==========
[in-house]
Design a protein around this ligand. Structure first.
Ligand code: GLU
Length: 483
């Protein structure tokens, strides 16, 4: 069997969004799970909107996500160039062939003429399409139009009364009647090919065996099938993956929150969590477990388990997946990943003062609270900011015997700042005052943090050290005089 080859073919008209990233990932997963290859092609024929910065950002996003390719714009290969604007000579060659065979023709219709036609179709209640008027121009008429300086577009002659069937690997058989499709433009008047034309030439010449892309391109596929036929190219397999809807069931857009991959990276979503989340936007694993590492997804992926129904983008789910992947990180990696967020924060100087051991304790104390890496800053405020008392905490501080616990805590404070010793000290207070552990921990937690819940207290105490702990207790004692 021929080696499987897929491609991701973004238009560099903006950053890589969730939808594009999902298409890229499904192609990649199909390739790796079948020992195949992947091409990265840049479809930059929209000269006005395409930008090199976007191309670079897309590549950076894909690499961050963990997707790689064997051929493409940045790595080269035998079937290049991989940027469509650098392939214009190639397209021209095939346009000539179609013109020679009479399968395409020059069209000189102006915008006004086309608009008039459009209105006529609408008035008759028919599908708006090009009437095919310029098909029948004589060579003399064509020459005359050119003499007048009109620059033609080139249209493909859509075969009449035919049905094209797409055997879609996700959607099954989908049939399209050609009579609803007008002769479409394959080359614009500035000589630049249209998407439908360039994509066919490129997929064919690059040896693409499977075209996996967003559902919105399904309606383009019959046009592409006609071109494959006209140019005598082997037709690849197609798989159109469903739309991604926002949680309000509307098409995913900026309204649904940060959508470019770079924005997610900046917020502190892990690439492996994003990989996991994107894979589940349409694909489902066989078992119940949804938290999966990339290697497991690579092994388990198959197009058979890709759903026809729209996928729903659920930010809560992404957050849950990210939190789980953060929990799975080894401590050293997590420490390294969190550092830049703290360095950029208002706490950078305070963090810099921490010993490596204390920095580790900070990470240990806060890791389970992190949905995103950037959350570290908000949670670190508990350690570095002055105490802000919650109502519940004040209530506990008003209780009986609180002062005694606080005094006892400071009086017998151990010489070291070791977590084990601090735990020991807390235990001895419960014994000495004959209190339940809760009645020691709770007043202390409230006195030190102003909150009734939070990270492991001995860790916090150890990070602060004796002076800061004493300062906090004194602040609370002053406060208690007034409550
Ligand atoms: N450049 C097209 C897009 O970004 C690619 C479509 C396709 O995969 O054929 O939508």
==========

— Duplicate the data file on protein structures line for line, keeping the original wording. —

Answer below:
[in-house]
Design a protein around this ligand. Structure first.
Ligand code: GLU
Length: 483
């Protein structure tokens, strides 16, 4: 069997969004799970909107996500160039062939003429399409139009009364009647090919065996099938993956929150969590477990388990997946990943003062609270900011015997700042005052943090050290005089 080859073919008209990233990932997963290859092609024929910065950002996003390719714009290969604007000579060659065979023709219709036609179709209640008027121009008429300086577009002659069937690997058989499709433009008047034309030439010449892309391109596929036929190219397999809807069931857009991959990276979503989340936007694993590492997804992926129904983008789910992947990180990696967020924060100087051991304790104390890496800053405020008392905490501080616990805590404070010793000290207070552990921990937690819940207290105490702990207790004692 021929080696499987897929491609991701973004238009560099903006950053890589969730939808594009999902298409890229499904192609990649199909390739790796079948020992195949992947091409990265840049479809930059929209000269006005395409930008090199976007191309670079897309590549950076894909690499961050963990997707790689064997051929493409940045790595080269035998079937290049991989940027469509650098392939214009190639397209021209095939346009000539179609013109020679009479399968395409020059069209000189102006915008006004086309608009008039459009209105006529609408008035008759028919599908708006090009009437095919310029098909029948004589060579003399064509020459005359050119003499007048009109620059033609080139249209493909859509075969009449035919049905094209797409055997879609996700959607099954989908049939399209050609009579609803007008002769479409394959080359614009500035000589630049249209998407439908360039994509066919490129997929064919690059040896693409499977075209996996967003559902919105399904309606383009019959046009592409006609071109494959006209140019005598082997037709690849197609798989159109469903739309991604926002949680309000509307098409995913900026309204649904940060959508470019770079924005997610900046917020502190892990690439492996994003990989996991994107894979589940349409694909489902066989078992119940949804938290999966990339290697497991690579092994388990198959197009058979890709759903026809729209996928729903659920930010809560992404957050849950990210939190789980953060929990799975080894401590050293997590420490390294969190550092830049703290360095950029208002706490950078305070963090810099921490010993490596204390920095580790900070990470240990806060890791389970992190949905995103950037959350570290908000949670670190508990350690570095002055105490802000919650109502519940004040209530506990008003209780009986609180002062005694606080005094006892400071009086017998151990010489070291070791977590084990601090735990020991807390235990001895419960014994000495004959209190339940809760009645020691709770007043202390409230006195030190102003909150009734939070990270492991001995860790916090150890990070602060004796002076800061004493300062906090004194602040609370002053406060208690007034409550
Ligand atoms: N450049 C097209 C897009 O970004 C690619 C479509 C396709 O995969 O054929 O939508």